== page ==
Re: [PATCH 3/3] vmscan: Force kswapd to take notice faster whenhigh-order watermarks are being hit

From: Mel Gorman
Date: Mon Nov 02 2009 - 11:05:46 EST

On Wed, Oct 28, 2009 at 12:47:56PM -0700, Andrew Morton wrote:
> On Wed, 28 Oct 2009 10:29:36 +0000
> Mel Gorman <mel@xxxxxxxxx> wrote:
> > On Tue, Oct 27, 2009 at 01:19:05PM -0700, Andrew Morton wrote:
> > > On Tue, 27 Oct 2009 13:40:33 +0000
> > > Mel Gorman <mel@xxxxxxxxx> wrote:
> > >
> > > > When a high-order allocation fails, kswapd is kicked so that it reclaims
> > > > at a higher-order to avoid direct reclaimers stall and to help GFP_ATOMIC
> > > > allocations. Something has changed in recent kernels that affect the timing
> > > > where high-order GFP_ATOMIC allocations are now failing with more frequency,
> > > > particularly under pressure. This patch forces kswapd to notice sooner that
> > > > high-order allocations are occuring.
> > > >
> > >
> > > "something has changed"? Shouldn't we find out what that is?
> > >
> >
> > We've been trying but the answer right now is "lots". There were some
> > changes in the allocator itself which were unintentional and fixed in
> > patches 1 and 2 of this series. The two other major changes are
> >
> > iwlagn is now making high order GFP_ATOMIC allocations which didn't
> > help. This is being addressed separetly and I believe the relevant
> > patches are now in mainline.
> >
> > The other major change appears to be in page writeback. Reverting
> > commits 373c0a7e + 8aa7e847 significantly helps one bug reporter but
> > it's still unknown as to why that is.
> Peculiar. Those changes are fairly remote from large-order-GFP_ATOMIC
> allocations.

Indeed. The significance of the patch seems to be how long and how often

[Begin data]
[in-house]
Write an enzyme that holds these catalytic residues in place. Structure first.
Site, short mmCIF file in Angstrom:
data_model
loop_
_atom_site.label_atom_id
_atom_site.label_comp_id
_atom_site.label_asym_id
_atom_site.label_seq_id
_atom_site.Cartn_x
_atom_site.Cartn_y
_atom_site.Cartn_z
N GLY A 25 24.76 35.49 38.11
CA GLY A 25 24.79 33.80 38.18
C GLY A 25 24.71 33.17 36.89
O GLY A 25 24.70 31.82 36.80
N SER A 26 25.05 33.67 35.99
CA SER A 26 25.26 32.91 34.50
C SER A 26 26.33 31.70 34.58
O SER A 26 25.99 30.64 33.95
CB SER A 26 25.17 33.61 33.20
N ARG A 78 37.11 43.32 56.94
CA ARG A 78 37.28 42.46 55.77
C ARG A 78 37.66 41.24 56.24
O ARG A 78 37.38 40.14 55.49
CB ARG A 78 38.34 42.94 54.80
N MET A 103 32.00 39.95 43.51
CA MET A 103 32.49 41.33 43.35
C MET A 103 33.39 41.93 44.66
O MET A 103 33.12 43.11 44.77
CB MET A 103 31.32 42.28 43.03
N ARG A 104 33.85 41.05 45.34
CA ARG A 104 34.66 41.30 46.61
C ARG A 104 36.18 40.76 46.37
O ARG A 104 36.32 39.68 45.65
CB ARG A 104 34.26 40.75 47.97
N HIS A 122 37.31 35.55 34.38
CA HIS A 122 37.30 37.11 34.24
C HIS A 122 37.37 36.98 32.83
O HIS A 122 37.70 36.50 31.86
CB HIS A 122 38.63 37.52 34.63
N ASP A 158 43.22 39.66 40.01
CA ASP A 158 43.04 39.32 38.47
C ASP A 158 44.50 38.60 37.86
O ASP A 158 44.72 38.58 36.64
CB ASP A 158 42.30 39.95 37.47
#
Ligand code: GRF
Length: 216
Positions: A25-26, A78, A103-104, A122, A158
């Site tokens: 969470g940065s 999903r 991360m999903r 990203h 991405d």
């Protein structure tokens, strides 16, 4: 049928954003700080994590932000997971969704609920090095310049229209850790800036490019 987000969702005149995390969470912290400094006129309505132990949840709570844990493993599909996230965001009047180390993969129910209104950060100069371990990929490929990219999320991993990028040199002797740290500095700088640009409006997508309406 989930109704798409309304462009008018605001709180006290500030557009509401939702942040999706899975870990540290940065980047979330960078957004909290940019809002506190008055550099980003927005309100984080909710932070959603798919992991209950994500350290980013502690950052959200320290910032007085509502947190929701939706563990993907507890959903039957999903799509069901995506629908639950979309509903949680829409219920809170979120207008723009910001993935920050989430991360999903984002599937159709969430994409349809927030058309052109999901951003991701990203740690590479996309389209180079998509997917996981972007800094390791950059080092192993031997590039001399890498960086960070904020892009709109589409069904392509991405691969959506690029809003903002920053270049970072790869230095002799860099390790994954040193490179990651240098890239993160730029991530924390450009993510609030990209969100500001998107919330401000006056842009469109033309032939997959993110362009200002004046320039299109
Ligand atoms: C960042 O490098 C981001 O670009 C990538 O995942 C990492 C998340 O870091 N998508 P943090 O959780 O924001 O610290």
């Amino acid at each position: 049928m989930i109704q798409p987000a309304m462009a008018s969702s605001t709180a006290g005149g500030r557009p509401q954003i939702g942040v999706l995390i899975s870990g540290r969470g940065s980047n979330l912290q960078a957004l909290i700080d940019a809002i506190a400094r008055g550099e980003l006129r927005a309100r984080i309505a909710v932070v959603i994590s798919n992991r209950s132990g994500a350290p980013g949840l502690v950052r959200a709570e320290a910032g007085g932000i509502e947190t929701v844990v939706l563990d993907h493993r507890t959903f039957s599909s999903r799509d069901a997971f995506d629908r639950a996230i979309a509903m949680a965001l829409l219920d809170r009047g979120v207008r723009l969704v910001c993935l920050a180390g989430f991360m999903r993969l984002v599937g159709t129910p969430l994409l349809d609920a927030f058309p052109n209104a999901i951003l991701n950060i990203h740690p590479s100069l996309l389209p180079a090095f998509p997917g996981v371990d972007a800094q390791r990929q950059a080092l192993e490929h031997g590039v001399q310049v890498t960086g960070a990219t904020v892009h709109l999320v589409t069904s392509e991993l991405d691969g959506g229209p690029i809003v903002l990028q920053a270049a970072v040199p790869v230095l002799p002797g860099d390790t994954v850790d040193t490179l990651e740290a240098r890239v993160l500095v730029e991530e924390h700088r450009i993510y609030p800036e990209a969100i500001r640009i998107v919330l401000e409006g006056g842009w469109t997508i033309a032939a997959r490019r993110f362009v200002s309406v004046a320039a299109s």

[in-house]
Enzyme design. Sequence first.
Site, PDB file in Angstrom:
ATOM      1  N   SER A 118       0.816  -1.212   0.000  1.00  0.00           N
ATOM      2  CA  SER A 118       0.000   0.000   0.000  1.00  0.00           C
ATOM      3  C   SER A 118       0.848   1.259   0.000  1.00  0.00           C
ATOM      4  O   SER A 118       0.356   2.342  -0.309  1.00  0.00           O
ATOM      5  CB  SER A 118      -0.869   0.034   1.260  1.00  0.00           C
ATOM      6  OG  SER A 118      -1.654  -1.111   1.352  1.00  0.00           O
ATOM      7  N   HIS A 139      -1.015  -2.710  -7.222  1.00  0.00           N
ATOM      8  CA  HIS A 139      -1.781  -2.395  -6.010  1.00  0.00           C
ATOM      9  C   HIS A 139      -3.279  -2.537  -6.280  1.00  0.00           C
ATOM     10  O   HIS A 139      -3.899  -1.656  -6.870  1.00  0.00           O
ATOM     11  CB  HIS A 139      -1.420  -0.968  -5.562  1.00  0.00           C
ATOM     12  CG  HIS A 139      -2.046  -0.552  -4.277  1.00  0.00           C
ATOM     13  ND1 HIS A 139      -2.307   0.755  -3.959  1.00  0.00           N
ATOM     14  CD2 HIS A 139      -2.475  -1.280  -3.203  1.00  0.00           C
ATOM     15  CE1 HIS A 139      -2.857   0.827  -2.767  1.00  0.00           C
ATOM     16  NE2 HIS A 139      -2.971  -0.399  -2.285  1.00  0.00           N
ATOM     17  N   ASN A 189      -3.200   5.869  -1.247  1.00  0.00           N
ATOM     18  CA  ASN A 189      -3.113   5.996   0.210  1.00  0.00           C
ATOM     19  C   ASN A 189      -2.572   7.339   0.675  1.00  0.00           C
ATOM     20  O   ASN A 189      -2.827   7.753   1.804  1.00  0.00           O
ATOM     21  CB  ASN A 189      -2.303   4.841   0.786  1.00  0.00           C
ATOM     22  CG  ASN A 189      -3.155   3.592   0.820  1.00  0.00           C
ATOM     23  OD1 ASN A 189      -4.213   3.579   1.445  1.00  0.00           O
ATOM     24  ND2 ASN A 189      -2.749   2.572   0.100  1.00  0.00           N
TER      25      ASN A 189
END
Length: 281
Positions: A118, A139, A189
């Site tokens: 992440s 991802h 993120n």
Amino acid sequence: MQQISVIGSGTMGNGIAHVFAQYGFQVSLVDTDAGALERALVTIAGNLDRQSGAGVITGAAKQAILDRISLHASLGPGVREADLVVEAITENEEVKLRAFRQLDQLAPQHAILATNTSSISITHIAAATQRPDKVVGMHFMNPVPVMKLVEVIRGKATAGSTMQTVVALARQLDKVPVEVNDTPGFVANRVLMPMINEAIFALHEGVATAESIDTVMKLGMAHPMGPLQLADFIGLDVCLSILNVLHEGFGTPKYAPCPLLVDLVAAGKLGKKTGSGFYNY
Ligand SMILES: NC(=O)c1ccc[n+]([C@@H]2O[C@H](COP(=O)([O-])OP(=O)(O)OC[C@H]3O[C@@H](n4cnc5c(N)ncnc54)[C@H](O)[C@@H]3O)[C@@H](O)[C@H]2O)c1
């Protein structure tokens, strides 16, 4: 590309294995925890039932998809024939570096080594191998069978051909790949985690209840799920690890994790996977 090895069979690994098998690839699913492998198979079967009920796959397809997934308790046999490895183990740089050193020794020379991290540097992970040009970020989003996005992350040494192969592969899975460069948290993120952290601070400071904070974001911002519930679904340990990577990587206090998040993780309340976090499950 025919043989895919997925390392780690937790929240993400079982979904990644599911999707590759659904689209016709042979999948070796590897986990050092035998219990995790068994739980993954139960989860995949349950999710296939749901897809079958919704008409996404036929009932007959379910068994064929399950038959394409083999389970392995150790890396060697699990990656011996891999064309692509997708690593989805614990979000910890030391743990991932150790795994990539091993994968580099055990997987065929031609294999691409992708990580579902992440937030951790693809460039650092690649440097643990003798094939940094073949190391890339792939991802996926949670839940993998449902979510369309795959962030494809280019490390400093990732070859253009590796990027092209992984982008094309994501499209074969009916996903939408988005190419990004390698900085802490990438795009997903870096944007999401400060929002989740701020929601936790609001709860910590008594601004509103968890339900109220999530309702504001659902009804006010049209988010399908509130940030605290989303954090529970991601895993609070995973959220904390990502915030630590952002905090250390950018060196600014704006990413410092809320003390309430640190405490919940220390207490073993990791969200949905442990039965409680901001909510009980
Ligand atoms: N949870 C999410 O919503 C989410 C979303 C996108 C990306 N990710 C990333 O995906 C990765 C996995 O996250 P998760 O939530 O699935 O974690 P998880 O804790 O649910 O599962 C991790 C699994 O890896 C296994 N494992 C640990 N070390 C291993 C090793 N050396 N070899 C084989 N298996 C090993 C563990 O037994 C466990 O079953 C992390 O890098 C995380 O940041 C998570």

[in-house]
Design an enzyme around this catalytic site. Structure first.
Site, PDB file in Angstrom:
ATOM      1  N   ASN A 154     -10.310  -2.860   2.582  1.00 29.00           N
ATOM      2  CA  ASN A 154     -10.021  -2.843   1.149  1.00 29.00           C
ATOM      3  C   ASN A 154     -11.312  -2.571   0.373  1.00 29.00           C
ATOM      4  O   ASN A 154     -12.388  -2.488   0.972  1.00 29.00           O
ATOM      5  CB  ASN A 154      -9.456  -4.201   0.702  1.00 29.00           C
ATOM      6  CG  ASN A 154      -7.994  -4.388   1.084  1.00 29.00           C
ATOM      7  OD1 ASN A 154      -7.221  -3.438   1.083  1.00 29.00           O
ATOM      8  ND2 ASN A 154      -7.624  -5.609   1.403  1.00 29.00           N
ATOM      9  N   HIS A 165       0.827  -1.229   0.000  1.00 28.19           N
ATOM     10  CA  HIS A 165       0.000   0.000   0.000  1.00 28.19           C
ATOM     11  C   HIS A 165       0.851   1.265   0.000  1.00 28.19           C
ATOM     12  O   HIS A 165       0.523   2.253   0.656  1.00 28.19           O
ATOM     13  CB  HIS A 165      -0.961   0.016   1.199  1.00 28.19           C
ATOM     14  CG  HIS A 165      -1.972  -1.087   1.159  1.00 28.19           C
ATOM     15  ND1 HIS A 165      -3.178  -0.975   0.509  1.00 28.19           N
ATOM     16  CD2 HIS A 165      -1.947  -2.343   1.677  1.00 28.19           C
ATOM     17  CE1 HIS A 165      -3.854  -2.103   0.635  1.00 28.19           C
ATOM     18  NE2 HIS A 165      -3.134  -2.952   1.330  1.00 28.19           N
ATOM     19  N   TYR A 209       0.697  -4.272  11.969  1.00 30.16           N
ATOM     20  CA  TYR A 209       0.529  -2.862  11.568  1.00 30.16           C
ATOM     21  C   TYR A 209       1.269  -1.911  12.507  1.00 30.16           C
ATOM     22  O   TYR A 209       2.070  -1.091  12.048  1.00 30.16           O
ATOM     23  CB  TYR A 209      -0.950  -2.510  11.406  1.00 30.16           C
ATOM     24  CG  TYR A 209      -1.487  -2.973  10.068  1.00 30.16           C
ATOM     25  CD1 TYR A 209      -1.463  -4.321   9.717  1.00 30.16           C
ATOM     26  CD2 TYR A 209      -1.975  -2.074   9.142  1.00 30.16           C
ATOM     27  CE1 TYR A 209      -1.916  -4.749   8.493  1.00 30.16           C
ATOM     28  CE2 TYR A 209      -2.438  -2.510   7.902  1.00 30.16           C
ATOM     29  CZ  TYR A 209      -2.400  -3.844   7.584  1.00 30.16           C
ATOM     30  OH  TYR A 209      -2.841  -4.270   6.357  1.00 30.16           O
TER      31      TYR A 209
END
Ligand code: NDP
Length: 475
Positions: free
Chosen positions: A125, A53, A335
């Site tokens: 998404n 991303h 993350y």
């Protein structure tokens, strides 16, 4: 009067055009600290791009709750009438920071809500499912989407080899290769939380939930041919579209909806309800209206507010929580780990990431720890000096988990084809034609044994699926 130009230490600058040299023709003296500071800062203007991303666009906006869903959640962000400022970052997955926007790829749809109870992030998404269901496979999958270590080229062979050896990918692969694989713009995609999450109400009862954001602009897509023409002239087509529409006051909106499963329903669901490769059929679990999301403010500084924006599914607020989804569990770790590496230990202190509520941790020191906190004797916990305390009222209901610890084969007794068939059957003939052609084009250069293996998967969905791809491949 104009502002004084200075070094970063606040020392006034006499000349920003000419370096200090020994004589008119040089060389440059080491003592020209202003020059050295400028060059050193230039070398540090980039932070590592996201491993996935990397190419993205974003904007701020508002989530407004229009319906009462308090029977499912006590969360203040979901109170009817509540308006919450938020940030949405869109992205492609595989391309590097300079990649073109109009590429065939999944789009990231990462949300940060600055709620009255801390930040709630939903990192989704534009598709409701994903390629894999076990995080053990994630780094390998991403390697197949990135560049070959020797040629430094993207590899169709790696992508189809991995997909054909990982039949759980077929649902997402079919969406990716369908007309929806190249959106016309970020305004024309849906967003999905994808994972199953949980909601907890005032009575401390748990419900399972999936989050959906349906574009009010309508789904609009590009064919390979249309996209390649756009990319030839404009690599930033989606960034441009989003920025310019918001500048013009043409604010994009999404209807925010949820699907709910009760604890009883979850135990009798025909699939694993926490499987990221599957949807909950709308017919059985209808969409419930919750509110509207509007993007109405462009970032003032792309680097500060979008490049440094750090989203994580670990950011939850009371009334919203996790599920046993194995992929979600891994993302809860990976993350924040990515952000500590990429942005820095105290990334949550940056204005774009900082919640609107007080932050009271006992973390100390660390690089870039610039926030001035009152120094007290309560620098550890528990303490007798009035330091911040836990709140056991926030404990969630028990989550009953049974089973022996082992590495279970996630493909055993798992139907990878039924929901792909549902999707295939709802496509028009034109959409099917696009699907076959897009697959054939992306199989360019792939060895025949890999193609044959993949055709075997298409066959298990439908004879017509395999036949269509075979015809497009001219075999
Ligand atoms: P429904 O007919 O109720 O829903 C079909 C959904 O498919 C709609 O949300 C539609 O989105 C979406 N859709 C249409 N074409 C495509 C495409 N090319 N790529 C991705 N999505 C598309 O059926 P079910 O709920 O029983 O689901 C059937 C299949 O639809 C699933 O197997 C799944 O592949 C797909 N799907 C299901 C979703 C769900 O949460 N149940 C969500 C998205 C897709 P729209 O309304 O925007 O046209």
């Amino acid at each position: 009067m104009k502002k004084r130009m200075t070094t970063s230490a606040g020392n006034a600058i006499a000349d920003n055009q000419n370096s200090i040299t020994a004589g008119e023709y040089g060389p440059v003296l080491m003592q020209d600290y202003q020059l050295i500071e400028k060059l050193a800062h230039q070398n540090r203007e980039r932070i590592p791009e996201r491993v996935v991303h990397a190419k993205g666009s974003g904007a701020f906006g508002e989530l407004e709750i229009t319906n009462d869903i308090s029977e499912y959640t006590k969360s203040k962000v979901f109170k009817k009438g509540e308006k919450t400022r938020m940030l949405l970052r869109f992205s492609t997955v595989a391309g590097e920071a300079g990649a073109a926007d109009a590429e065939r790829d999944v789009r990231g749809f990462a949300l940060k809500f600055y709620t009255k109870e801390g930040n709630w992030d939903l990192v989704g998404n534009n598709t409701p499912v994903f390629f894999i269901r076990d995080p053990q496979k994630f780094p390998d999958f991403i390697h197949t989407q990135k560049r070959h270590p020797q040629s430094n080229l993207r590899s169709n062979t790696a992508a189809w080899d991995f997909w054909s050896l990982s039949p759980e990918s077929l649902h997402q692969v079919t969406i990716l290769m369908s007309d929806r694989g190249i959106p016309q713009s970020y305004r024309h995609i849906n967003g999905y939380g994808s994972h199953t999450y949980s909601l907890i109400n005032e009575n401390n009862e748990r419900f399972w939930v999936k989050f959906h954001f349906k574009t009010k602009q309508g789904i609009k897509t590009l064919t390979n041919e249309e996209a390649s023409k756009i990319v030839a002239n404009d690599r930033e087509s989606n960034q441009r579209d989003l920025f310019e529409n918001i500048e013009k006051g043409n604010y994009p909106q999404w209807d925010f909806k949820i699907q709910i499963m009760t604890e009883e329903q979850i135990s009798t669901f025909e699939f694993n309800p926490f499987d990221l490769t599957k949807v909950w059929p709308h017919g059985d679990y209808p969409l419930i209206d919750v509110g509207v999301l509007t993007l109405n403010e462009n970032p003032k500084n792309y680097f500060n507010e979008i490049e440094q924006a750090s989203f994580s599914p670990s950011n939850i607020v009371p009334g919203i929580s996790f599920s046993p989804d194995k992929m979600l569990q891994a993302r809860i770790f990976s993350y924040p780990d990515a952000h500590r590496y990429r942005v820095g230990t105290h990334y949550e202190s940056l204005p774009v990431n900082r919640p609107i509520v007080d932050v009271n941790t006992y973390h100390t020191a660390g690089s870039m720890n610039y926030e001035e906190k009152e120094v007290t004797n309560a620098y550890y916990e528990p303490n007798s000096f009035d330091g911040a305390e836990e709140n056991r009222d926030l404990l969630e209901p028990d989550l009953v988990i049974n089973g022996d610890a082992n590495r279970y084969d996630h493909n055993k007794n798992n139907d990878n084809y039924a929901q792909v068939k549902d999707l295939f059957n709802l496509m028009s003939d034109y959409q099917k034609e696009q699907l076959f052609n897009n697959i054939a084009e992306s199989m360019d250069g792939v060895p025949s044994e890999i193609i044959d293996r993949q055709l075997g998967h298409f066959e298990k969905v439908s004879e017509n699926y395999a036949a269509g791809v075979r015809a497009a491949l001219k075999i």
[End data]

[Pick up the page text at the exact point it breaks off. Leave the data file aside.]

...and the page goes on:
processes sleep in the page allocator and what kswapd is doing.

> > ...
> >
> > Wireless drivers in particularly seem to be very
> > high-order GFP_ATOMIC happy.
> It would be nice if we could find a way of preventing people from
> attempting high-order atomic allocations in the first place - it's a bit
> of a trap.


> Maybe add a runtime warning which is suppressable by GFP_NOWARN (or a
> new flag), then either fix existing callers or, after review, add the
> flag.
> Of course, this might just end up with people adding these hopeless
> allocation attempts and just setting the nowarn flag :(

That's the difficulty but we should consider adding such warnings or
maintaining in-kernel the unique GFP_ATOMIC callers and their frequency.
It would require a lot of monitoring though and a fair amount of stick
beatings to get the callers corrected.

> > > If one where to whack a printk in that `if' block, how often would it
> > > trigger, and under what circumstances?
> >
> > I don't know the frequency. The circumstances are "under load" when
> > there are drivers depending on high-order allocations but the
> > reproduction cases are unreliable.
> >
> > Do you want me to slap together a patch that adds a vmstat counter for
> > this? I can then ask future bug reporters to examine that counter and see
> > if it really is a major factor for a lot of people or not.
> Something like that, if it will help us understand what's going on. I
> don't see a permanent need for that instrumentation but while this
> problem is still in the research stage, sure, lard it up with debug
> stuff?

I have a candidate patch below. One of the reasons it took so long to
get out is what I found on the way developing the patch. I had added a
debugging patch to printk what kswapd was doing. One massive difference I
noted was that in 2.6.30 kswapd often went to sleep for 25 jiffies (HZ/10)
in balance_pgdat(). In 2.6.31 and particularly in mainline, it sleeps less
and for shorter intervals. When the sleep interval is low, kswapd notices